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On this day, 100 years ago, the first woman was called to the bar

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Dr Ivy Williams made history on 10 May 1922

Dr Ivy Williams (image via Wikimedia Commons)

On this day, 100 years ago, Dr Ivy Williams made history by becoming the first woman to be called to the bar of England and Wales.

Born in 1877, Williams studied law at the Society of Oxford Home Students (later incorporated into Oxford University as St Anne’s College) and despite completing her law examinations in 1903, she was unable to receive her BA, MA and BCL until 1920 when Oxford changed its regulations.

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Williams joined the Inner Temple as a student in 1920 and went on to score several ‘firsts’ during her legal career. She was the first woman to be called to the bar, on 10 May 1922, and the first to teach law at an English University, lecturing at her alma mater from 1920 to 1945. Williams, who never practised, was also first woman to be awarded the degree of Doctor of Civil Law at Oxford.

The accolade of first woman to practise at bar of England and Wales goes to Helena Normanton, who was called to bar several months after Willams.

Legal Cheek reported how Normanton was commemorated with an English Heritage London blue plaque in September 2020. It marks the address she resided for the early part of her legal career at 22 Mecklenburgh Square in London’s Bloomsbury.

Like Normanton, a blue plaque in Williams’ memory was placed at her former Oxfordshire home in 2020.

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11 Comments

Anonymous

If Dr Williams could see the lack of female representation on the bench, the endless accounts of sexual harassment and the number of organisations set up to respond to the terrible treatment women of all ethnicities face at the Bar in 2022, she would be appalled.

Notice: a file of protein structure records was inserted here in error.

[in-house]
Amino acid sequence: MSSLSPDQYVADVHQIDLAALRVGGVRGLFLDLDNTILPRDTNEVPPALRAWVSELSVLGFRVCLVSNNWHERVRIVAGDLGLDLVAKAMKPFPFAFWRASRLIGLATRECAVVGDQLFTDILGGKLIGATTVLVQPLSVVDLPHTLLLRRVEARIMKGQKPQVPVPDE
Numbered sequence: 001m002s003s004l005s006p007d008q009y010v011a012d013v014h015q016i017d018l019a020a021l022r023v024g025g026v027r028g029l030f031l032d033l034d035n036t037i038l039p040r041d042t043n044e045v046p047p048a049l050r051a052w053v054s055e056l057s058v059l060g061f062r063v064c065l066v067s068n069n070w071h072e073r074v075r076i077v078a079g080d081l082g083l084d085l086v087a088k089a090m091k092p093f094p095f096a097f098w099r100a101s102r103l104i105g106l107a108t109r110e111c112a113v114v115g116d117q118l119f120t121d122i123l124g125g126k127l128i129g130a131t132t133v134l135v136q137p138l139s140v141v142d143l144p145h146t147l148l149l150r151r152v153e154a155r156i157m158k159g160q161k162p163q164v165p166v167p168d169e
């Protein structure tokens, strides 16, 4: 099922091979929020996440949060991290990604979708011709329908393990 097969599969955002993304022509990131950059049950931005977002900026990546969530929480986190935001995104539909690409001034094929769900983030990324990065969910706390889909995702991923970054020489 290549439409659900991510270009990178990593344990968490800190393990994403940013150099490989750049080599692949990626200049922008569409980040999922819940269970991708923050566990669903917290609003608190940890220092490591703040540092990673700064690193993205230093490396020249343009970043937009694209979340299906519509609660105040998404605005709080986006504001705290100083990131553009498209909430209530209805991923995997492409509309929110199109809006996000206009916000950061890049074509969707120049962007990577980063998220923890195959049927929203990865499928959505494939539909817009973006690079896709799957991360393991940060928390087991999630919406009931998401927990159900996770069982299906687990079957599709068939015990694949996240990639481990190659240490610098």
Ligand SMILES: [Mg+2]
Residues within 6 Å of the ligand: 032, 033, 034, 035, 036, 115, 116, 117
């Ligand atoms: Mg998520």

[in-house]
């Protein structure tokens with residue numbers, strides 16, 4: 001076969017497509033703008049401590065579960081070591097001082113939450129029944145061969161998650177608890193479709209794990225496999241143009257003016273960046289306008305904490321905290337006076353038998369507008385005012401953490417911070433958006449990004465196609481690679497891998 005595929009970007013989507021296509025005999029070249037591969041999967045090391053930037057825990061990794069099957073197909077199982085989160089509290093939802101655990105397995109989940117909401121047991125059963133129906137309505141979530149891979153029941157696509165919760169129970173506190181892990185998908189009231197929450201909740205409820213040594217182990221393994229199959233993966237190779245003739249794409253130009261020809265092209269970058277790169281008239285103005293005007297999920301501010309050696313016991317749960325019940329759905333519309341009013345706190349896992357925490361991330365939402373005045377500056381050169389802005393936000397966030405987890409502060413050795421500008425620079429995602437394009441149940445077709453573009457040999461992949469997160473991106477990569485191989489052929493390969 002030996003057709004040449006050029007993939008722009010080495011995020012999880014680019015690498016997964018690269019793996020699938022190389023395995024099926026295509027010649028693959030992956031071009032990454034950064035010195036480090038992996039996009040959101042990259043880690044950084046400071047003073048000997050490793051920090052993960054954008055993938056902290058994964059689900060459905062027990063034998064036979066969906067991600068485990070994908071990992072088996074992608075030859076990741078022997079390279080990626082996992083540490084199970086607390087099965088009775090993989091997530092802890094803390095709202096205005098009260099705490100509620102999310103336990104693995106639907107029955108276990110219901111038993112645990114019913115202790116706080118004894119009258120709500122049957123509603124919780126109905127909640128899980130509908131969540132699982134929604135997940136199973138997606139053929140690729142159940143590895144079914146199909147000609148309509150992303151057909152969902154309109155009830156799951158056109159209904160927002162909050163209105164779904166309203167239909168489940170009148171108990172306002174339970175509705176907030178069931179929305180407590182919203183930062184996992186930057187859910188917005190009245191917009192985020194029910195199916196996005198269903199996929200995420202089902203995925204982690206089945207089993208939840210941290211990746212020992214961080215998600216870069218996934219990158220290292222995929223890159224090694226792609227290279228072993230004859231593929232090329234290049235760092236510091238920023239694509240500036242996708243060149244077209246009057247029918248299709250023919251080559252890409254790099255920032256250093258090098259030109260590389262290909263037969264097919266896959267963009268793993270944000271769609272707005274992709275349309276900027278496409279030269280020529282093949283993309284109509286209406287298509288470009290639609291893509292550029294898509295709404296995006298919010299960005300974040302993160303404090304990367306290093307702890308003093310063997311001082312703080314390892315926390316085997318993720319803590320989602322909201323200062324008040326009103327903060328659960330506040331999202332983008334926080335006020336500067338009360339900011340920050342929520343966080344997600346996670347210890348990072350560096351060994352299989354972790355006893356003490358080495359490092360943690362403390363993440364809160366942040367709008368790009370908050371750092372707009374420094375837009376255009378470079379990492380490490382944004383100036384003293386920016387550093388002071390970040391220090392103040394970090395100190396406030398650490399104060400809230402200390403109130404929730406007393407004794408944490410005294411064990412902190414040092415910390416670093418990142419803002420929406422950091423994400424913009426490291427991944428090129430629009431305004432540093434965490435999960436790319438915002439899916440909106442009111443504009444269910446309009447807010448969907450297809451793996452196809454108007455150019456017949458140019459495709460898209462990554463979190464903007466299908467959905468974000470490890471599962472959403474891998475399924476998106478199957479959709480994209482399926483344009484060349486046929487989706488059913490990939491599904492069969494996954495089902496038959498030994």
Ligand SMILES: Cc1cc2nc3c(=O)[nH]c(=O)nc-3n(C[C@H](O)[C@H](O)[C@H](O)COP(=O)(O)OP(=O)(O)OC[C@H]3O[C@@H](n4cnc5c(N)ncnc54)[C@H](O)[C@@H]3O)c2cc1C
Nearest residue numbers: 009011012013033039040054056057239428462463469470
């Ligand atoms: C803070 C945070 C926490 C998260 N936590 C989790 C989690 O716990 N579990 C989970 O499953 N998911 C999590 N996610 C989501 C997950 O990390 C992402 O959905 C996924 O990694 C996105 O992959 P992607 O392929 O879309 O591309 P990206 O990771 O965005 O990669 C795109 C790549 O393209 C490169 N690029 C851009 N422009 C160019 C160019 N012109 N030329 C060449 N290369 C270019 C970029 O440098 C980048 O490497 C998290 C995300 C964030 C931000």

Older gent

Whenever women are underrepresented, it is a systemic issue of discrimination and the patriarchy. When men are underrepresented it is simply okay. Women may never make up 52% of the bench because of the fundamental fact that men and women are different and make different choices in life.

Not so old, and I don't identify as a gent

Assuming unequal gender distribution among a starting selection cohort and equal distribution of merit across that cohort, equal representation can be achieved but at the expense of merit based selection. But equality is more important than quality these days in such matters.

Anonymous

Was there a post for the first female Barristers in the UK? Clue, it wasn’t England

Anonymous

I think it is correct to say she is the first in the UK to be called to the Bar. Averril Deverill preceded her in Ireland which isn’t really the UK. The first Scottish woman advocate had to wait until 1923. Or have I missed someone?

My lovely horse

Deverill was admitted before the Anglo-Irish Treaty so it was the UK then.

I’ll shower you with sugar lumps…

I suppose the UK pre and post 1921 consisted of three separate jurisdictions, so perhaps it matters not.

It’s a pity it took so long though, and that 100 years later it’s still not an equal crack of the whip for women at the Bar.

Pour some sugar on me

Explain the “equal crack of the whip” remark. The reality is the very opposite now, positive discrimination has made the playing field hugely advantageous for women.

Anne Barrister

Aww! Man who
Didn’t get
Pupillage?

Cry me a river!

Duff Beer

No-one cares.

And Bring You To The Horse Dentist

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